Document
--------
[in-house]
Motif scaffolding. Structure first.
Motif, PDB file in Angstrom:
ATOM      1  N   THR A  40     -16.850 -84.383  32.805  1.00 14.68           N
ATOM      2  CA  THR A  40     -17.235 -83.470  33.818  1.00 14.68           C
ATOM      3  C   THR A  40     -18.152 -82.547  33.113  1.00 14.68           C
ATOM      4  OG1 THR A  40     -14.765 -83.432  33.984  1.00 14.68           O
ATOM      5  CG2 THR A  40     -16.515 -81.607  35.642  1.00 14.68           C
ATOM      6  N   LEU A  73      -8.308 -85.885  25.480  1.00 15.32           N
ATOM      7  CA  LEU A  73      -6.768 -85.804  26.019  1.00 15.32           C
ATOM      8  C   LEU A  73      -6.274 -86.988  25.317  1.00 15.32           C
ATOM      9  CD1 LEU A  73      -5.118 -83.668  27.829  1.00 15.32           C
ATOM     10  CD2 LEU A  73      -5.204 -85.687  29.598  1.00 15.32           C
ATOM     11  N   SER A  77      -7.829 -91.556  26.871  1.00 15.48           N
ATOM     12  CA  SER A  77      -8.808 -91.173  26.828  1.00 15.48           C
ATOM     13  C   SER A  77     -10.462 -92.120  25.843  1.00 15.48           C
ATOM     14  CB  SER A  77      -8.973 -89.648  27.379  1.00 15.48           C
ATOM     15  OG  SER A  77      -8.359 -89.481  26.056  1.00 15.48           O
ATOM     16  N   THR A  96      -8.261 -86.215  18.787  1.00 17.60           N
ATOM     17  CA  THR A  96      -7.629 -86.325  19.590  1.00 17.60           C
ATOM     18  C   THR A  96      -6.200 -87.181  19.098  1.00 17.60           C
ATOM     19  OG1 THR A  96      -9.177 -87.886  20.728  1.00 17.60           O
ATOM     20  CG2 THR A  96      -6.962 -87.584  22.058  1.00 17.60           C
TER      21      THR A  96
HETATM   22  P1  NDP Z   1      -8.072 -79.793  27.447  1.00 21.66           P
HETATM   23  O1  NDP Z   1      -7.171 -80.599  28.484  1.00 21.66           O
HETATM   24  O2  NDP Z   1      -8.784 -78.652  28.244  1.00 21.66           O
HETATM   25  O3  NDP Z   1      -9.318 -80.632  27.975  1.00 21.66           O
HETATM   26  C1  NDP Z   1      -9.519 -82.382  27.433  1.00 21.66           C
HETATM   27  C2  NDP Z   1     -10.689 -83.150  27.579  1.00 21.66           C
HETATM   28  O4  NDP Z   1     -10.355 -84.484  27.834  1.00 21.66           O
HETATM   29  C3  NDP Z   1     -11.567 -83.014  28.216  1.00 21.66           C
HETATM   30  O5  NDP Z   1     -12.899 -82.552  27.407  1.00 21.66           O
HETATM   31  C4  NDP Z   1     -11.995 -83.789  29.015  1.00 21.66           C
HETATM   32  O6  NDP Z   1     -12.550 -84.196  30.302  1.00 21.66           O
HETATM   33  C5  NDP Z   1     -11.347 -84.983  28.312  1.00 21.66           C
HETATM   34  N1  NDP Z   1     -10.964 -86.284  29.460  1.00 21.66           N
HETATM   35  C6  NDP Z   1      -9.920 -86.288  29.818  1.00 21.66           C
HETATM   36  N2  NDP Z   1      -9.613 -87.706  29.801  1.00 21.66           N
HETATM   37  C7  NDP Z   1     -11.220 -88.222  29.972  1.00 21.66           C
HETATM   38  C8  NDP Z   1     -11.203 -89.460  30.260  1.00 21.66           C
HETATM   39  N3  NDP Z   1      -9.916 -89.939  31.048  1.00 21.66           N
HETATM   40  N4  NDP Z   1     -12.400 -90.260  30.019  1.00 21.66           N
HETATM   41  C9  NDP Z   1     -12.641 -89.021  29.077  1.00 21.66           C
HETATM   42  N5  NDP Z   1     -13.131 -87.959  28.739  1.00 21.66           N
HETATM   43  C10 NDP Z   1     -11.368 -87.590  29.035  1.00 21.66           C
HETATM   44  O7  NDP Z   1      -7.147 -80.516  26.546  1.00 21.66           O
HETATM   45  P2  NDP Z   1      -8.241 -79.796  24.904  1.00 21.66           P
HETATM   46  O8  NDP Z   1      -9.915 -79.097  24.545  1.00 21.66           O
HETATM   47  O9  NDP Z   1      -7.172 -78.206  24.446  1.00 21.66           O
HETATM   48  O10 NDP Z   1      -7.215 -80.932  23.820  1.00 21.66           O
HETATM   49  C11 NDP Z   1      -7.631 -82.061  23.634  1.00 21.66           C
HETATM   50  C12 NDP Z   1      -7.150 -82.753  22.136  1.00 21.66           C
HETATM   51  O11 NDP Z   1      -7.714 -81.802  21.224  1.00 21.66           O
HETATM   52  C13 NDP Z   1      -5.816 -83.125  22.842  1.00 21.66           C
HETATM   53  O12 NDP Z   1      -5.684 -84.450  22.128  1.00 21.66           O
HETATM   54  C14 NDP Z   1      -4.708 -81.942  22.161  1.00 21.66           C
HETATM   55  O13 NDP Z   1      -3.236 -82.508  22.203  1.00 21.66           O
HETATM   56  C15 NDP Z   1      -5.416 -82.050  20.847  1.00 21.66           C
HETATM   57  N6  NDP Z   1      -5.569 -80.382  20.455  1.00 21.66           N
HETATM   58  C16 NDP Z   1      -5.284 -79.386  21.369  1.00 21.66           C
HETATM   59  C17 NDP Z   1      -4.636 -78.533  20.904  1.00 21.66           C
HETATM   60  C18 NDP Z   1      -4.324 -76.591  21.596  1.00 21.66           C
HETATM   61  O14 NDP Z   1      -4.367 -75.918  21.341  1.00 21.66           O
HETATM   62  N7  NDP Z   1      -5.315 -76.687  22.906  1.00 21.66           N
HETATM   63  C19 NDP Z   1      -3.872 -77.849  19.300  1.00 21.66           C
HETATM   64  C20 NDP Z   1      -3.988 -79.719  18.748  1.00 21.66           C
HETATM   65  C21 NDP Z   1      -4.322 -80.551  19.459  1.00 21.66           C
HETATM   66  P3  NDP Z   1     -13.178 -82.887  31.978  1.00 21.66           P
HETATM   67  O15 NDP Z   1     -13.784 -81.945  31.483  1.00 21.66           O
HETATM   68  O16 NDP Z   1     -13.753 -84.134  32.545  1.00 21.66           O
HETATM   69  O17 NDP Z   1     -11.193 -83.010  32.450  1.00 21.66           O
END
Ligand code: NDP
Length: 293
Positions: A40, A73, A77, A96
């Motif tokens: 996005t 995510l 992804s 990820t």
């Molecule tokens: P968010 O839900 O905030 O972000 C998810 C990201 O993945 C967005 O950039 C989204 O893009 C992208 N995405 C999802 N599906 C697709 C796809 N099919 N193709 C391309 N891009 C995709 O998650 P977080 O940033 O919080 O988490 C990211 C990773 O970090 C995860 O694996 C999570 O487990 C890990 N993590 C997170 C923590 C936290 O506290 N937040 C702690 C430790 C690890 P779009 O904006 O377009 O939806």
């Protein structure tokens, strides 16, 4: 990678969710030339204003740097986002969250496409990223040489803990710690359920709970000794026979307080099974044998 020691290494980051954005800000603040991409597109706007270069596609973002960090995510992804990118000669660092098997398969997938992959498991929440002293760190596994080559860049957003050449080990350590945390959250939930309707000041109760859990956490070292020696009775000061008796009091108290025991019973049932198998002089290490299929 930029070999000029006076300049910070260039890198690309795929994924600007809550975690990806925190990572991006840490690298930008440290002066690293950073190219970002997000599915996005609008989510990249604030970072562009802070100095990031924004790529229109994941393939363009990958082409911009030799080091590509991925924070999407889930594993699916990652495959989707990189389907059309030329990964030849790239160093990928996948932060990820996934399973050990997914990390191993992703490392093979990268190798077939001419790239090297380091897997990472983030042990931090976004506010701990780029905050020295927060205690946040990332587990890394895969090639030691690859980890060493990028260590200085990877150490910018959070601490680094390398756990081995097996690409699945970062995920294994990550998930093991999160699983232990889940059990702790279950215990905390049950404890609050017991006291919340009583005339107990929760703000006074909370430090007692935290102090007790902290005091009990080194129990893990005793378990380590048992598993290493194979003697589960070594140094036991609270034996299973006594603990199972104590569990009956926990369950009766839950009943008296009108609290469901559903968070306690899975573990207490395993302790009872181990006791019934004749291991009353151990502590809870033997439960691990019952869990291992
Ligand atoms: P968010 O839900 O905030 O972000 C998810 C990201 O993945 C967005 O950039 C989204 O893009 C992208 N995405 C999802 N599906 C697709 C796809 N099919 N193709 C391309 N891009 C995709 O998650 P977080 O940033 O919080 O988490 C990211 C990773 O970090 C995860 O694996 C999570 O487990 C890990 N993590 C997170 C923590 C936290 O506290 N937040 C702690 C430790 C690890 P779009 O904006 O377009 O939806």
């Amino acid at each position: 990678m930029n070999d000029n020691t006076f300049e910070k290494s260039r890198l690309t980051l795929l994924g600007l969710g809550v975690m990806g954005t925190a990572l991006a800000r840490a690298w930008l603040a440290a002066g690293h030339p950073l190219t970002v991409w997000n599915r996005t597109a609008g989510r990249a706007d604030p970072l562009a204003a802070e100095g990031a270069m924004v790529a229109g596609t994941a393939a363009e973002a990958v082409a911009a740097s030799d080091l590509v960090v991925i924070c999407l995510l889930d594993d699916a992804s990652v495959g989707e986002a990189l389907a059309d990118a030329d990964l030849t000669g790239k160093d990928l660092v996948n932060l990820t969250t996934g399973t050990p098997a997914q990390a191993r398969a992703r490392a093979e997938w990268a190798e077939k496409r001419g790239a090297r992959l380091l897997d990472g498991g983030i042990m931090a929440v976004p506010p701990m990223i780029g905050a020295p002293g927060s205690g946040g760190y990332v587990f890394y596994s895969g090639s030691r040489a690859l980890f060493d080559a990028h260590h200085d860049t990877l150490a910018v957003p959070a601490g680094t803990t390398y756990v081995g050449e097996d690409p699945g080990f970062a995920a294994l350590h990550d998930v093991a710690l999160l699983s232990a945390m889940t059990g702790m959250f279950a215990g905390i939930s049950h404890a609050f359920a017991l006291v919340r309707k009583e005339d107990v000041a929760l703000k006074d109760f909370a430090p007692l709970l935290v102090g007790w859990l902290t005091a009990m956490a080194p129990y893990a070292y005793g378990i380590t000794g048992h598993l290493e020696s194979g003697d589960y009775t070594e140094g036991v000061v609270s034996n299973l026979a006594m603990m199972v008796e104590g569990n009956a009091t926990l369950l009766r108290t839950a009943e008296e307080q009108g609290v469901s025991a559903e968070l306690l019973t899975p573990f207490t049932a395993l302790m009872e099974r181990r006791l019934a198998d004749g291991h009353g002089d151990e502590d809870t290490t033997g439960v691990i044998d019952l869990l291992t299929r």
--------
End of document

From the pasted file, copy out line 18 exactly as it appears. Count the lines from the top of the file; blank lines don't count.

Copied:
ATOM     15  OG  SER A  77      -8.359 -89.481  26.056  1.00 15.48           O